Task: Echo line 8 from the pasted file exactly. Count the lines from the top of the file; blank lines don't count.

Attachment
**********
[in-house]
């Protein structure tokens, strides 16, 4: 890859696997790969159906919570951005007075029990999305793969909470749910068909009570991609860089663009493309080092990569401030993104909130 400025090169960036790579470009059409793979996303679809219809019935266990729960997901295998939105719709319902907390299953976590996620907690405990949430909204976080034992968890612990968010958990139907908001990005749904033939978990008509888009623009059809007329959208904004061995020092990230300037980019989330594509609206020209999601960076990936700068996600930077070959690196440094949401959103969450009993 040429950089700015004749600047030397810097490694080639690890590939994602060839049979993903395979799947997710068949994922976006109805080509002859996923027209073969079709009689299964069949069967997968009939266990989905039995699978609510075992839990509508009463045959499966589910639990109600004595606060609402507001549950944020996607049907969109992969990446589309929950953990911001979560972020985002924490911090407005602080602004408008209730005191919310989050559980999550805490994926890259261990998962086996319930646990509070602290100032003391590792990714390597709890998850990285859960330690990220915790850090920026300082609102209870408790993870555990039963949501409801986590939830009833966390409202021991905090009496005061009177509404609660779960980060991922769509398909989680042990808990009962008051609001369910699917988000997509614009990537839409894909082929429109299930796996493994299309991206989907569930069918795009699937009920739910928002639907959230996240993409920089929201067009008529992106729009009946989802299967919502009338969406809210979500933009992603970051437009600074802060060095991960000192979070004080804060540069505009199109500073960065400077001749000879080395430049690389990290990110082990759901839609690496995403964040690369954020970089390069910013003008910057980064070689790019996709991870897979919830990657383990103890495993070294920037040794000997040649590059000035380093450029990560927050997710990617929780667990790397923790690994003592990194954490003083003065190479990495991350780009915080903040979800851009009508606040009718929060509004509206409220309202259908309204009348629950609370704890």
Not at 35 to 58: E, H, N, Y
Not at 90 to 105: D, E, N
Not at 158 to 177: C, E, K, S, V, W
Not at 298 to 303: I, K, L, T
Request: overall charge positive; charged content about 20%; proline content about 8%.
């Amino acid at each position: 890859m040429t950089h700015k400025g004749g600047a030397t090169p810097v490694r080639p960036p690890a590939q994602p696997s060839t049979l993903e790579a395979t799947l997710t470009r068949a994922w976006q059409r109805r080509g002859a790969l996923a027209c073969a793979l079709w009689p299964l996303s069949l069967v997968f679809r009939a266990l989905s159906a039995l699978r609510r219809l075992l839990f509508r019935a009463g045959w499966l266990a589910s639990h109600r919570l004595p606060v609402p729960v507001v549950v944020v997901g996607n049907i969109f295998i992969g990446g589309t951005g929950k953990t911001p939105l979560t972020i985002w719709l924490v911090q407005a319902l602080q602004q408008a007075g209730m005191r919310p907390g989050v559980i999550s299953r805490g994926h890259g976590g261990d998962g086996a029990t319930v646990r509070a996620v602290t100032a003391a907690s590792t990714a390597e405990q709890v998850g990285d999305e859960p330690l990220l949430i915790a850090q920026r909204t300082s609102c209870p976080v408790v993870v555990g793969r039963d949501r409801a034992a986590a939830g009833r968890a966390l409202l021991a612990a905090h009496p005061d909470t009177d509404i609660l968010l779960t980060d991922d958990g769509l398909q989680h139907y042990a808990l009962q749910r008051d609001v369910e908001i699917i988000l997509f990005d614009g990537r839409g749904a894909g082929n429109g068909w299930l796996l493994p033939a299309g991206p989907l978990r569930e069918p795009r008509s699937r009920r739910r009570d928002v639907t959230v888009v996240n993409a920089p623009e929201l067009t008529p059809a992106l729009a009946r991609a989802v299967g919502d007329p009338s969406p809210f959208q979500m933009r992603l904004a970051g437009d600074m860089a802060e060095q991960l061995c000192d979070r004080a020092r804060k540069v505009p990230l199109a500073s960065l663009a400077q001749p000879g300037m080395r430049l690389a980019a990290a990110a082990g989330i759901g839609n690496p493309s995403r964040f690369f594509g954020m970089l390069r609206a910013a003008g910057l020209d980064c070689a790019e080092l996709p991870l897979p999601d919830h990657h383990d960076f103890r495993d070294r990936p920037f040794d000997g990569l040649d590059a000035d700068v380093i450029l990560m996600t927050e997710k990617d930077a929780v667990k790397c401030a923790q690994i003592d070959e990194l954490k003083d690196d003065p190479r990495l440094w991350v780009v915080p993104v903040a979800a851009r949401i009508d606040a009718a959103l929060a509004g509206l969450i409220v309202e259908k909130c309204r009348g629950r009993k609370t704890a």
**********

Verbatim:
């Amino acid at each position: 890859m040429t950089h700015k400025g004749g600047a030397t090169p810097v490694r080639p960036p690890a590939q994602p696997s060839t049979l993903e790579a395979t799947l997710t470009r068949a994922w976006q059409r109805r080509g002859a790969l996923a027209c073969a793979l079709w009689p299964l996303s069949l069967v997968f679809r009939a266990l989905s159906a039995l699978r609510r219809l075992l839990f509508r019935a009463g045959w499966l266990a589910s639990h109600r919570l004595p606060v609402p729960v507001v549950v944020v997901g996607n049907i969109f295998i992969g990446g589309t951005g929950k953990t911001p939105l979560t972020i985002w719709l924490v911090q407005a319902l602080q602004q408008a007075g209730m005191r919310p907390g989050v559980i999550s299953r805490g994926h890259g976590g261990d998962g086996a029990t319930v646990r509070a996620v602290t100032a003391a907690s590792t990714a390597e405990q709890v998850g990285d999305e859960p330690l990220l949430i915790a850090q920026r909204t300082s609102c209870p976080v408790v993870v555990g793969r039963d949501r409801a034992a986590a939830g009833r968890a966390l409202l021991a612990a905090h009496p005061d909470t009177d509404i609660l968010l779960t980060d991922d958990g769509l398909q989680h139907y042990a808990l009962q749910r008051d609001v369910e908001i699917i988000l997509f990005d614009g990537r839409g749904a894909g082929n429109g068909w299930l796996l493994p033939a299309g991206p989907l978990r569930e069918p795009r008509s699937r009920r739910r009570d928002v639907t959230v888009v996240n993409a920089p623009e929201l067009t008529p059809a992106l729009a009946r991609a989802v299967g919502d007329p009338s969406p809210f959208q979500m933009r992603l904004a970051g437009d600074m860089a802060e060095q991960l061995c000192d979070r004080a020092r804060k540069v505009p990230l199109a500073s960065l663009a400077q001749p000879g300037m080395r430049l690389a980019a990290a990110a082990g989330i759901g839609n690496p493309s995403r964040f690369f594509g954020m970089l390069r609206a910013a003008g910057l020209d980064c070689a790019e080092l996709p991870l897979p999601d919830h990657h383990d960076f103890r495993d070294r990936p920037f040794d000997g990569l040649d590059a000035d700068v380093i450029l990560m996600t927050e997710k990617d930077a929780v667990k790397c401030a923790q690994i003592d070959e990194l954490k003083d690196d003065p190479r990495l440094w991350v780009v915080p993104v903040a979800a851009r949401i009508d606040a009718a959103l929060a509004g509206l969450i409220v309202e259908k909130c309204r009348g629950r009993k609370t704890a």